Effective Date: November 1, 2018
Measurement Date: Previous or current calendar year
Includable Transactions: Gross sales
When You Need to Register Once You Exceed the Threshold: The first day of the second calendar month after economic nexus is established
The South Carolina Department of Revenue will require remote sellers to collect and remit sales if they exceed the state’s economic nexus threshold, effective November 1, 2018. Following a public comment period in August, the Department of Revenue released SC Revenue Ruling #18-14 to provide guidance to retailers without a physical presence in South Carolina. The state previously had a provision that would have allowed the state to require remote sellers without a physical presence to collect but was not enforcing the provision. Following the South Dakota v. Wayfair decision, the state has changed its position and will begin enforcement.
South Carolina defines a remote seller as a seller with no physical presence in the state, such as a marketplace, online, catalog, or mail order retailer. In addition, a remote seller includes any related entity assisting the remote seller in activities like sales, distribution, or payment collection. A related entity, such as a marketplace facilitator, is required to obtain a retail license and collect and remit sales and use tax on the marketplace’s gross proceeds of sales.
A remote seller whose gross revenue from sales of tangible personal property, products transferred electronically, and services delivered into South Carolina exceeds $100,000 in the previous or current calendar has economic nexus with the state. Remote sellers that exceed the threshold are responsible for obtaining a retail license and remitting South Carolina sales and use tax.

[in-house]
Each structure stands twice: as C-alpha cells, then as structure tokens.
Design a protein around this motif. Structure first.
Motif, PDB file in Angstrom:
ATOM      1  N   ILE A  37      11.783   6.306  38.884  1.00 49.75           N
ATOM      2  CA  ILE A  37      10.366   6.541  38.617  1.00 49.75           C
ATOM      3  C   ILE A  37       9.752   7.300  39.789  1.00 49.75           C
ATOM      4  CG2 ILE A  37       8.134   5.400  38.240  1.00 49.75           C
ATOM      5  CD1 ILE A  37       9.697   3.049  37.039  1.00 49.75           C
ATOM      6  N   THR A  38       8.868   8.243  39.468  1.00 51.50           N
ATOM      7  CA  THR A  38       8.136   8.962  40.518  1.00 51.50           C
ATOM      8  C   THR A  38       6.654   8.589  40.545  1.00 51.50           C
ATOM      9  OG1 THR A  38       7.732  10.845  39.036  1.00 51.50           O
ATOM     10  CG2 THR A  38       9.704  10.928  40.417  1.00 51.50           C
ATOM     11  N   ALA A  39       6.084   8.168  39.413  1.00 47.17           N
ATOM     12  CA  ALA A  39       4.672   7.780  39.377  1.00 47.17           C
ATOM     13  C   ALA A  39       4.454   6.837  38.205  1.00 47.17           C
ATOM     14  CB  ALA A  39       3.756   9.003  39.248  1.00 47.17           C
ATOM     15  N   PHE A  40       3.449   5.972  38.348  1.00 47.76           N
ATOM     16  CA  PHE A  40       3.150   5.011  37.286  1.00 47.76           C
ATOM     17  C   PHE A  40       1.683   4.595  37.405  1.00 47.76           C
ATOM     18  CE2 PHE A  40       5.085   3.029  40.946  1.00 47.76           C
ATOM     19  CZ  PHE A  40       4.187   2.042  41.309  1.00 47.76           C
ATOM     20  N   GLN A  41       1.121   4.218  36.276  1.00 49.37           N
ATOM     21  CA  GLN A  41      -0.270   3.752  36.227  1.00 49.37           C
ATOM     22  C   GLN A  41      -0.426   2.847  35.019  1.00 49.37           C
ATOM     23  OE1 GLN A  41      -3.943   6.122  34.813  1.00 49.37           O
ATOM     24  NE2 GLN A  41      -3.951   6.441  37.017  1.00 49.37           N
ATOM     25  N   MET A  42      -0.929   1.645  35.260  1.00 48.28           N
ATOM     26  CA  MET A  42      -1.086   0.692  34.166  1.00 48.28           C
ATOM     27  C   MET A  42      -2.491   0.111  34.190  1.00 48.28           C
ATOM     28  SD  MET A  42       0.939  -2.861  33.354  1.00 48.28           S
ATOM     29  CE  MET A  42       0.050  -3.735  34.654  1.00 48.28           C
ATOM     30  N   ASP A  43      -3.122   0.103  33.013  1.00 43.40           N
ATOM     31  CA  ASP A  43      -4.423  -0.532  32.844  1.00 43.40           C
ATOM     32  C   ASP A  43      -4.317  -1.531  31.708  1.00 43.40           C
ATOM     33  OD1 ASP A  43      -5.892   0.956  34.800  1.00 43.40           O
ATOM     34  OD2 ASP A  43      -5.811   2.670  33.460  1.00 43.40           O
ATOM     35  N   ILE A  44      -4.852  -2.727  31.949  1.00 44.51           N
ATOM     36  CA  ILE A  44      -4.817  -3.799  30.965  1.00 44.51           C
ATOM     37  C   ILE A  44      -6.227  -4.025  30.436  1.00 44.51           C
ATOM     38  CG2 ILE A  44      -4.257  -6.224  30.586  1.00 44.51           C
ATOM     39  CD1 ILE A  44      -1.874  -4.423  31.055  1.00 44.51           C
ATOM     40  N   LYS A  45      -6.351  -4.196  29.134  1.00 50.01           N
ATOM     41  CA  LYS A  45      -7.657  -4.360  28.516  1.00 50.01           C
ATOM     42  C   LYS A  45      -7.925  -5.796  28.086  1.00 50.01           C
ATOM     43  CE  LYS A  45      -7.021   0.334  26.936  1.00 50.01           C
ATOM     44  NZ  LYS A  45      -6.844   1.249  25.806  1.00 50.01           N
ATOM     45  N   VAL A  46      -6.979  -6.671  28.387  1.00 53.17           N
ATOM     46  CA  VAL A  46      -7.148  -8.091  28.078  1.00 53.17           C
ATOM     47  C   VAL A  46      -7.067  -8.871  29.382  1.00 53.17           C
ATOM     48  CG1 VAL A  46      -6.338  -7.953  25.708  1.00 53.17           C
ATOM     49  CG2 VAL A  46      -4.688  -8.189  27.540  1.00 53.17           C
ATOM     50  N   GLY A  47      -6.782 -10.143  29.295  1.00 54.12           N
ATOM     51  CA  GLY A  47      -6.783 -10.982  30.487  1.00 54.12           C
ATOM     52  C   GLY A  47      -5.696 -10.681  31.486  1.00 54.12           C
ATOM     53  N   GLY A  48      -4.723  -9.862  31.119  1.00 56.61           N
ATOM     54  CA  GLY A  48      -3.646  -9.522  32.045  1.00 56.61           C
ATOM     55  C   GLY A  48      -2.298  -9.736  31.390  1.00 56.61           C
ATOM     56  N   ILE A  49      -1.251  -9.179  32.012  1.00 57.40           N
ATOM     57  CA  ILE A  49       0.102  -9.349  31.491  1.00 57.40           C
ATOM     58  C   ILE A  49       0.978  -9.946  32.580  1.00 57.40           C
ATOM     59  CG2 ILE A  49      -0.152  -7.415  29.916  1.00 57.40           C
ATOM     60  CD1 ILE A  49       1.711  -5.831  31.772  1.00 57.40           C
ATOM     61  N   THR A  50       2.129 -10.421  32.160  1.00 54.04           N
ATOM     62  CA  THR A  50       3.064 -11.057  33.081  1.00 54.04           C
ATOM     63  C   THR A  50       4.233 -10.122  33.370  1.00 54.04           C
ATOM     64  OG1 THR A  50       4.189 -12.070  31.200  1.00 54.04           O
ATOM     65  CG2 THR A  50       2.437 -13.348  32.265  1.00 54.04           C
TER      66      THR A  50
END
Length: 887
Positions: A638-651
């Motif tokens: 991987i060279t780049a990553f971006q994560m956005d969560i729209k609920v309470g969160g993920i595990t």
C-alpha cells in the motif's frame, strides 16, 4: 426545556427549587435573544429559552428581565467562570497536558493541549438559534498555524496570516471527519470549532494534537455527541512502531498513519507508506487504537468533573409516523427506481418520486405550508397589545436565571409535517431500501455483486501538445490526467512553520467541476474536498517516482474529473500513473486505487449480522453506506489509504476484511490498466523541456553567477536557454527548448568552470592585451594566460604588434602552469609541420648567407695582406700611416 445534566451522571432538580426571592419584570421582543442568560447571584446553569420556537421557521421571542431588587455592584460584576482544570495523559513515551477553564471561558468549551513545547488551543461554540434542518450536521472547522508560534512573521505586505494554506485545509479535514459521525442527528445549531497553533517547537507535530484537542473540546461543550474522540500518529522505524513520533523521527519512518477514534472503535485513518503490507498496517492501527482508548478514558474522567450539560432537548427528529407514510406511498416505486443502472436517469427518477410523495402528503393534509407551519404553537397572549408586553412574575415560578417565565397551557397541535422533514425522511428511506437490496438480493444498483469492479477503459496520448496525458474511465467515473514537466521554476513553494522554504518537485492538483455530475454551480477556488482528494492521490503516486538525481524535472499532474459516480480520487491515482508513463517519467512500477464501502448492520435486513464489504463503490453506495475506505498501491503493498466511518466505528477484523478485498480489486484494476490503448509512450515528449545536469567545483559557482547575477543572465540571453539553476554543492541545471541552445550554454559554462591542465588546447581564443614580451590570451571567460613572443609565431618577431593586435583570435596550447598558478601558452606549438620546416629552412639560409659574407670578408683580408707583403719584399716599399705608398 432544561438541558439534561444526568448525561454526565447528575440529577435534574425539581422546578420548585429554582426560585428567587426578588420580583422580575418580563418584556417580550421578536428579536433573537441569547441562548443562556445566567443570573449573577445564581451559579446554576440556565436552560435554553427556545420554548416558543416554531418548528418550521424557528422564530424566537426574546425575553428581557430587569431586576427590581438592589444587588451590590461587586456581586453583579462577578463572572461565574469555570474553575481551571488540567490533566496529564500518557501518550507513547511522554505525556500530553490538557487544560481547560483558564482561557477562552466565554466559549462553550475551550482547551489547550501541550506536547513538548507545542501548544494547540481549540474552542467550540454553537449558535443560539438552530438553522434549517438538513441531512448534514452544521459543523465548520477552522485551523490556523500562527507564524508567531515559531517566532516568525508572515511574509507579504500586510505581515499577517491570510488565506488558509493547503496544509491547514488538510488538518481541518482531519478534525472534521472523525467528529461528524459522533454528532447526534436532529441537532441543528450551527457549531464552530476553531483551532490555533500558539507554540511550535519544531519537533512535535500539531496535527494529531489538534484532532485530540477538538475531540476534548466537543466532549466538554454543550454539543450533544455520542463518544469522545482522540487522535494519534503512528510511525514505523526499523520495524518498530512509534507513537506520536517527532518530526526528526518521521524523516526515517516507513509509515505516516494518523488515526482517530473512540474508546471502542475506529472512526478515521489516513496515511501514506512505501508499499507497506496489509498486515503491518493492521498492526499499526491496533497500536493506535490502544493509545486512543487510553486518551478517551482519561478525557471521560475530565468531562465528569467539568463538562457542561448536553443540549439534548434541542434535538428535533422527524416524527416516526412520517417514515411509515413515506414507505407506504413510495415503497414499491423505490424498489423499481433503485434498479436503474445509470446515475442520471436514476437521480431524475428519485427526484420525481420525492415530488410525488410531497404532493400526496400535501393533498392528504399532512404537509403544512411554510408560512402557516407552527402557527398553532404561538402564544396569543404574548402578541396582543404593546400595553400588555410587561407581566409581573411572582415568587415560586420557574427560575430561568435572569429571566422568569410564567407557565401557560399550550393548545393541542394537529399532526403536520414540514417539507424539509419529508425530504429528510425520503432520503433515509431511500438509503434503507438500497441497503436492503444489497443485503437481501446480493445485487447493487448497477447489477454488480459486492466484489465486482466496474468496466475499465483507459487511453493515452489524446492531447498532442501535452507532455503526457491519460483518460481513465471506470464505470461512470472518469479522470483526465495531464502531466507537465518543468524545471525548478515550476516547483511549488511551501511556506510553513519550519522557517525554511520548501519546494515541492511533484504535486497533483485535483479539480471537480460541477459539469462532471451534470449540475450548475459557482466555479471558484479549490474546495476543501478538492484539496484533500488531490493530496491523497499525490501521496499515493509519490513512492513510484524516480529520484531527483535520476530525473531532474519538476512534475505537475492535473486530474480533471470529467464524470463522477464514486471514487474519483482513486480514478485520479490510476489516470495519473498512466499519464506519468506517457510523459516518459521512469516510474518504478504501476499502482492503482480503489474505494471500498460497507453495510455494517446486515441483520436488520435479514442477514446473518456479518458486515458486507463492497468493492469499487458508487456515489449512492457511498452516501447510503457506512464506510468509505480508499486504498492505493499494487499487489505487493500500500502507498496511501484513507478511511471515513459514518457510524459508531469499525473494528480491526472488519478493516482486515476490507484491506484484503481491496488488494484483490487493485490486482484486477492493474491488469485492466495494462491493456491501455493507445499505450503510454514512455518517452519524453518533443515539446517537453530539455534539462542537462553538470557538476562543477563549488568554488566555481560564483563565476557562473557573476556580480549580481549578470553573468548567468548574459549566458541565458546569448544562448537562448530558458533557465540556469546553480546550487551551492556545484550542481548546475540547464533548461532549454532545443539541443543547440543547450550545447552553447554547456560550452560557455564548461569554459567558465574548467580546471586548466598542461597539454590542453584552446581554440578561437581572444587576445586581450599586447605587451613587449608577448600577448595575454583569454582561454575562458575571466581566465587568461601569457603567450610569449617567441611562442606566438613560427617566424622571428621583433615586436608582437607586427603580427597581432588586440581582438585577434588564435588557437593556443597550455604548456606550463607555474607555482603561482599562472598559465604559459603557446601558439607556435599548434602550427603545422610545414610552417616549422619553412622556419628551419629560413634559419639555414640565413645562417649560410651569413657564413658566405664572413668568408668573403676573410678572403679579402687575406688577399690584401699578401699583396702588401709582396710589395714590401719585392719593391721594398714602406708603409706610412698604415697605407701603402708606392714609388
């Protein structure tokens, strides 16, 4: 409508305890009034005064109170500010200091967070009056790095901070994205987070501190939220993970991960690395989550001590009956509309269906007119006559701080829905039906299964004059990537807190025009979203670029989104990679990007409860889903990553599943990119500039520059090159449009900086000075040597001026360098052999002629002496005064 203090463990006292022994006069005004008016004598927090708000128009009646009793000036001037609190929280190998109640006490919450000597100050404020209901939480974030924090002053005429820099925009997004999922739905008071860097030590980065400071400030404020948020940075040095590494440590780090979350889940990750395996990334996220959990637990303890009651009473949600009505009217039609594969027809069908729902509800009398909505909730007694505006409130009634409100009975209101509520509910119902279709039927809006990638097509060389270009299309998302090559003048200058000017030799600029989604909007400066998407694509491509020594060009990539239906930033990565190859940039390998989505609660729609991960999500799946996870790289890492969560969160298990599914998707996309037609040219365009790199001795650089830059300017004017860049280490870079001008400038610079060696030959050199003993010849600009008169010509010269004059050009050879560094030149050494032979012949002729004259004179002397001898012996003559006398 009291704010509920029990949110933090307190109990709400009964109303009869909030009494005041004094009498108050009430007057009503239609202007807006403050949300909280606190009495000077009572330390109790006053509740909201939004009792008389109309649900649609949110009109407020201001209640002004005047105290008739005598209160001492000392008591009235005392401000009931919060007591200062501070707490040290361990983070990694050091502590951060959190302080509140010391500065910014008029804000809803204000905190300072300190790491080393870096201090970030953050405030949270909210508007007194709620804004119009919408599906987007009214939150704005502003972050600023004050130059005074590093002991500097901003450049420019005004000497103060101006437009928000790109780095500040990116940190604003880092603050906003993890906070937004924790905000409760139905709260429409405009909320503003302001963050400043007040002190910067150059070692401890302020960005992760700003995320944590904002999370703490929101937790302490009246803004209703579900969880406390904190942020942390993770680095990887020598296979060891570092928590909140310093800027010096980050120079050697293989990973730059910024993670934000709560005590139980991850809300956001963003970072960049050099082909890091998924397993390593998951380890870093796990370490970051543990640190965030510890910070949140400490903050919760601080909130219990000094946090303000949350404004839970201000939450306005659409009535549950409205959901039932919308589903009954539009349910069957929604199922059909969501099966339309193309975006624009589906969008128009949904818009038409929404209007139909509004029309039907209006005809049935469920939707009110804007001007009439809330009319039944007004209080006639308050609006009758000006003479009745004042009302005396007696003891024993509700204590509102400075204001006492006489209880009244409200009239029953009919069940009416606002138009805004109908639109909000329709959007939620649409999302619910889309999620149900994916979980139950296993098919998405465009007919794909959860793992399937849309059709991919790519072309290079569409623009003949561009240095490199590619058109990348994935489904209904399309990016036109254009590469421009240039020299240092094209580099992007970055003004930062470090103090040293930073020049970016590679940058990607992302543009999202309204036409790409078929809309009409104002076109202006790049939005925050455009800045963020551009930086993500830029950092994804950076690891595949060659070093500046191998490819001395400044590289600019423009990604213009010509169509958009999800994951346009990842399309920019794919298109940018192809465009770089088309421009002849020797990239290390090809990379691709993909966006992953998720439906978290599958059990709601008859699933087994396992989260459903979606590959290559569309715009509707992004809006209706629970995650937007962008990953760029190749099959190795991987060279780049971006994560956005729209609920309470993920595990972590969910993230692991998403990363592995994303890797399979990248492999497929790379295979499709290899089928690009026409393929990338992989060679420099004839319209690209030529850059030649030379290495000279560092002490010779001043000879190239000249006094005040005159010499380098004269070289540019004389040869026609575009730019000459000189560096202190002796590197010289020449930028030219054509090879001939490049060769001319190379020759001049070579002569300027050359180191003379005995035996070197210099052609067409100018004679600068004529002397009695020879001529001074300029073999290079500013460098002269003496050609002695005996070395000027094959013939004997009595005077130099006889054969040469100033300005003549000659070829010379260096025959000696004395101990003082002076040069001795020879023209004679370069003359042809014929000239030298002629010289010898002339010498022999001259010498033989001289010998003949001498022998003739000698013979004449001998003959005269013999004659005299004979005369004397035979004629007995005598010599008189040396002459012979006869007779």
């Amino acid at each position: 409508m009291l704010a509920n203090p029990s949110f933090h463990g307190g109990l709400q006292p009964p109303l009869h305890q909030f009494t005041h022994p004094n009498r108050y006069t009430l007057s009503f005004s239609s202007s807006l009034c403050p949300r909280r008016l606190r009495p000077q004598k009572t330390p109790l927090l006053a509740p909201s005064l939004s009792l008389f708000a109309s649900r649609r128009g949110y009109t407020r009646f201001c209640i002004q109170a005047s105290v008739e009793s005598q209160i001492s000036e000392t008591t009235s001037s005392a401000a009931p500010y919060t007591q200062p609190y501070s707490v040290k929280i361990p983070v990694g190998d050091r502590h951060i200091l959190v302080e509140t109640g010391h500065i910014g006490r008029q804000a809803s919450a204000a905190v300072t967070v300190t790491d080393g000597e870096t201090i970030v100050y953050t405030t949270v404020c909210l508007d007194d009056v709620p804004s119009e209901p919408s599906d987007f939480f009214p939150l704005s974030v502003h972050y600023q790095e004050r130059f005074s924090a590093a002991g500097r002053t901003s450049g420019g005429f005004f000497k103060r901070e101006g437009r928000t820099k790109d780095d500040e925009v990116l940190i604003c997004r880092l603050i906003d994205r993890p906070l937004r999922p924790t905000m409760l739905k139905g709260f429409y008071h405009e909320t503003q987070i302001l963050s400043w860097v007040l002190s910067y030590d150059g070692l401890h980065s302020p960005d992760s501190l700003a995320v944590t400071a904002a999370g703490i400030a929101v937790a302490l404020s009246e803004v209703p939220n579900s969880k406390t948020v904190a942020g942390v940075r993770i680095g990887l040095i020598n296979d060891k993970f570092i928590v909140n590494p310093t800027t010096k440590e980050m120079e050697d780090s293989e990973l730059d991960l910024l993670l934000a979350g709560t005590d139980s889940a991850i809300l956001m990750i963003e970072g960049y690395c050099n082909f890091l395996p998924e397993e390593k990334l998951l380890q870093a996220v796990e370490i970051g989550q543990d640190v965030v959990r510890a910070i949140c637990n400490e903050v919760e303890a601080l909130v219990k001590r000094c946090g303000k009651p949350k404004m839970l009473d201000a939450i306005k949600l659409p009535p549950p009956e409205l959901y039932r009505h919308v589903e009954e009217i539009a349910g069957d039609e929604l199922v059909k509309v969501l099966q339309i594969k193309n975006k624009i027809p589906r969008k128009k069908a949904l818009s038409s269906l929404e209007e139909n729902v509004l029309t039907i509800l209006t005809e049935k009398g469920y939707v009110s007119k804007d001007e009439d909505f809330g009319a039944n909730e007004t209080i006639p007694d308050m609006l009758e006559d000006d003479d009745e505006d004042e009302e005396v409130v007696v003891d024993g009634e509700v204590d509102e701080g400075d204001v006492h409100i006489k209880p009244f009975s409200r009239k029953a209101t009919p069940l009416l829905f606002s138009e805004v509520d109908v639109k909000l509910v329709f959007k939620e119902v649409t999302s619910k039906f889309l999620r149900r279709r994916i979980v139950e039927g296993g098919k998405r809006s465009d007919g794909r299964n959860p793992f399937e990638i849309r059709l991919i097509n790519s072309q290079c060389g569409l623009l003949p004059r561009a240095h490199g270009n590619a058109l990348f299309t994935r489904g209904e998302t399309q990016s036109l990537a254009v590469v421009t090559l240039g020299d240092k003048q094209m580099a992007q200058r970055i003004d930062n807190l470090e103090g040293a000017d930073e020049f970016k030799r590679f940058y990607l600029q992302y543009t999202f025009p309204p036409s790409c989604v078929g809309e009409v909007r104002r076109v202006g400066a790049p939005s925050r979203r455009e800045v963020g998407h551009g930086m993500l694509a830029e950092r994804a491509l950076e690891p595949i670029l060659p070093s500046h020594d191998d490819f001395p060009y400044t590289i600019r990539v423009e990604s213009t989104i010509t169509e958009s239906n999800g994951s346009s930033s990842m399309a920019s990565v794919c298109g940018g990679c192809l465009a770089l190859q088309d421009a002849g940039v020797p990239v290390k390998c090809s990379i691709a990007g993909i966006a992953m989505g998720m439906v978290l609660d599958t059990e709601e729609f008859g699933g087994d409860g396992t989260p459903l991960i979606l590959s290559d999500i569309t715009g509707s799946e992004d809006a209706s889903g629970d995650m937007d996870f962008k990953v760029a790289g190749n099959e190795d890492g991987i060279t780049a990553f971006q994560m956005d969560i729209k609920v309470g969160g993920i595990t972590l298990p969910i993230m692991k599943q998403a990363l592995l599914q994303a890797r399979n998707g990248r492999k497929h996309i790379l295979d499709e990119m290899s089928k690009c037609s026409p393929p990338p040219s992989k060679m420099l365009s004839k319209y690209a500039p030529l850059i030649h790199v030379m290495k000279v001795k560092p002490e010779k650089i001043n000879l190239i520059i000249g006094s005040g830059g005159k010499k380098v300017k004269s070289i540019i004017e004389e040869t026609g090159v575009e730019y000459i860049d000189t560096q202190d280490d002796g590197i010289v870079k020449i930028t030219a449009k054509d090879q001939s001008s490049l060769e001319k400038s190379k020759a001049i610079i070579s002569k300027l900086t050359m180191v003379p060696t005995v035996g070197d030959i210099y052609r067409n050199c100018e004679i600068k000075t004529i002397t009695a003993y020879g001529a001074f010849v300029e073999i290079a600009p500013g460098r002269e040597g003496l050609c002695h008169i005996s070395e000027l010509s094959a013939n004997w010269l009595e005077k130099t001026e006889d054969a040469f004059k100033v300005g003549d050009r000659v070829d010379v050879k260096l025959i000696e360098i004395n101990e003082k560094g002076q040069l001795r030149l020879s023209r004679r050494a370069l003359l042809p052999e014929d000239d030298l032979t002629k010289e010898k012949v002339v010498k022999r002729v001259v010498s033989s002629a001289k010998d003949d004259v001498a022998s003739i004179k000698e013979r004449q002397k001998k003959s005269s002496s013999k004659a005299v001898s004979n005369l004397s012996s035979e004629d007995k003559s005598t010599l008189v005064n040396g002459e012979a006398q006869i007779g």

Remote sellers that had economic nexus with South Carolina in the 2017 calendar year, or from January 1, 2018 through September 30, 2018 are required remit sales and use tax for all taxable sales into the state on and after November 1, 2018. Sellers that had economic nexus during these time periods must obtain a retail license by November 1, 2018. The Department will not assess tax, penalties, or interest against these sellers for taxable sales that occurs before November 1, 2018.
Remote sellers that establish nexus in South Carolina on or after October 1, 2018, must register and begin collecting and remitting sales and use tax beginning the first day of the second calendar month after economic nexus is established. Tax, penalties, and interest will not be assessed by the Department before the remote seller is required to register and collect tax (the first day of the second calendar month after economic nexus is established).
Remote sellers who do not have economic nexus with South Carolina may voluntarily obtain a retail license and collect and remit sales and use tax at any time.
To obtain a South Carolina retail license, visit MyDORWAY.dor.sc.gov. Remote sellers using this online portal to register can submit the online application beginning September 28, 2018. For more information, read the Department’s full Revenue Ruling. (Revenue Ruling 18-14, South Carolina Department of Revenue, September 18, 2018)
UPDATE: On April 26, 2019, South Carolina Governor Henry McMaster signed S.B. 214, which clarifies the existing sales tax collection obligations for marketplace facilitators. The legislation amends the definition of retailer to include marketplace facilitators, effective April 26, 2019. “Marketplace facilitator” means any person engaged in the business of facilitating a retail sale of tangible personal property by:
A marketplace may be physical or electronic and includes, but is not limited to, any space, store, booth, catalog, website, television or radio broadcast, or similar place, medium, or forum. A marketplace facilitator includes any related entities assisting the facilitator in sales, storage, distribution, payment collection, or in any other manner, with respect to the marketplace. If a marketplace facilitator is comprised of multiple entities, the entity that lists or advertises the products sold is the entity responsible for remitting the sales and use tax to the state. This legislation does not impact any periods prior to enactment that are currently being litigated. (S.B. 214, Laws 2019)